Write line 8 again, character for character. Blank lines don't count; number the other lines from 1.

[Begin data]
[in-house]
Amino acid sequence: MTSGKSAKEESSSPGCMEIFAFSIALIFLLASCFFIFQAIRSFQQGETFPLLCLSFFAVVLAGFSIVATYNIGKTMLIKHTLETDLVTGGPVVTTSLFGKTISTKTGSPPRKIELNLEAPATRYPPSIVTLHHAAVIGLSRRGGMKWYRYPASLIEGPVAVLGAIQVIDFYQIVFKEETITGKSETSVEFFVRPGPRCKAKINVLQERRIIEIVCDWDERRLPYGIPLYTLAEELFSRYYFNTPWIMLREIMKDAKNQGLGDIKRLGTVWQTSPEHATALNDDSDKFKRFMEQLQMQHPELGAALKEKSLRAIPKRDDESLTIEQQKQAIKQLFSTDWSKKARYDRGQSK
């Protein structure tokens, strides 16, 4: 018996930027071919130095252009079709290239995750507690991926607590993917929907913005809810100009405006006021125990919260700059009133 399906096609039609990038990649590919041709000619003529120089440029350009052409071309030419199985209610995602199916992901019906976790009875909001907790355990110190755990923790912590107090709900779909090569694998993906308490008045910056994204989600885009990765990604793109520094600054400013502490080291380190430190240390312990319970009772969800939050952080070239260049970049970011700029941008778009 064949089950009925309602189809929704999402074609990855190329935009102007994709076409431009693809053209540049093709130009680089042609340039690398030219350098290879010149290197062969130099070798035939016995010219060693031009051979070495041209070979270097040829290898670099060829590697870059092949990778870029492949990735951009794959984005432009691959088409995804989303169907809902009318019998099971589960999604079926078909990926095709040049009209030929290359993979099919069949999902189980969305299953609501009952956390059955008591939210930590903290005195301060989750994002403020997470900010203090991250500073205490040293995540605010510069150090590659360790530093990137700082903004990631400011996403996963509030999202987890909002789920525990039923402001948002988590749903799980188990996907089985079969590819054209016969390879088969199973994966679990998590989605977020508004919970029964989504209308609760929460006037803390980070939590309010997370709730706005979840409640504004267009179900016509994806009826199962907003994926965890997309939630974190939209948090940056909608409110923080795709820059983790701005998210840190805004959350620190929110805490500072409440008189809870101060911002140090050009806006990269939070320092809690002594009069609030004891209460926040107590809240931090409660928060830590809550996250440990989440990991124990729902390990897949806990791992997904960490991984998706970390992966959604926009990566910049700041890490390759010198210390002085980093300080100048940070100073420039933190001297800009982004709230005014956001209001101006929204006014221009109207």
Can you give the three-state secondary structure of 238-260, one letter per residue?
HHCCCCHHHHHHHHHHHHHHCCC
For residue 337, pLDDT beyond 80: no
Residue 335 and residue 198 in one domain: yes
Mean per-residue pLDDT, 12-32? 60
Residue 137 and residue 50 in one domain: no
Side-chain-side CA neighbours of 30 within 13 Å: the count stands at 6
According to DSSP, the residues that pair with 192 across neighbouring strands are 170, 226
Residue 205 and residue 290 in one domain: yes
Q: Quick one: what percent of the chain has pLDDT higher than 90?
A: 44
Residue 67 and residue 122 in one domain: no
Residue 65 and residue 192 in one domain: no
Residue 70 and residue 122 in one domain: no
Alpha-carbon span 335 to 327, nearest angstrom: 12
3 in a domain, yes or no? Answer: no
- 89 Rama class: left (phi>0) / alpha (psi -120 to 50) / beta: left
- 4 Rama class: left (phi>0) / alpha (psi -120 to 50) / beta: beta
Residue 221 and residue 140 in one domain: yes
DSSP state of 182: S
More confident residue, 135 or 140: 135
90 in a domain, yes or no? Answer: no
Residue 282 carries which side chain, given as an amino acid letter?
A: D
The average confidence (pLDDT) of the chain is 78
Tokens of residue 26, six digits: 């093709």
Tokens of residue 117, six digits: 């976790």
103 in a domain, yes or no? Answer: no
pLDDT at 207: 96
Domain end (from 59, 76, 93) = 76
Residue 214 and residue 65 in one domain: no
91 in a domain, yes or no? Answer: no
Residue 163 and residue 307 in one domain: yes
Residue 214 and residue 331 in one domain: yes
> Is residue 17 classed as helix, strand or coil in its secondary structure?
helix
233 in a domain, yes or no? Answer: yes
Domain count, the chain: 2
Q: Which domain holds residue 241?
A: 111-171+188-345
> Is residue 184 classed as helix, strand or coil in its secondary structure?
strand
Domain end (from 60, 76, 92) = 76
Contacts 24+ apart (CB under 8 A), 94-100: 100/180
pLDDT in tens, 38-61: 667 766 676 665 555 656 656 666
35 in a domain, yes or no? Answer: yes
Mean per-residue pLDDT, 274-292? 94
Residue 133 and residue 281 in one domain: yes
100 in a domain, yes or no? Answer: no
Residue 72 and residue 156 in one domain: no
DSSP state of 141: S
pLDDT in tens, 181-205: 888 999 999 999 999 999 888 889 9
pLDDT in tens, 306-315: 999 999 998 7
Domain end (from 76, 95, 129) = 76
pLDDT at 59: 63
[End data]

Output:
Mean per-residue pLDDT, 12-32? 60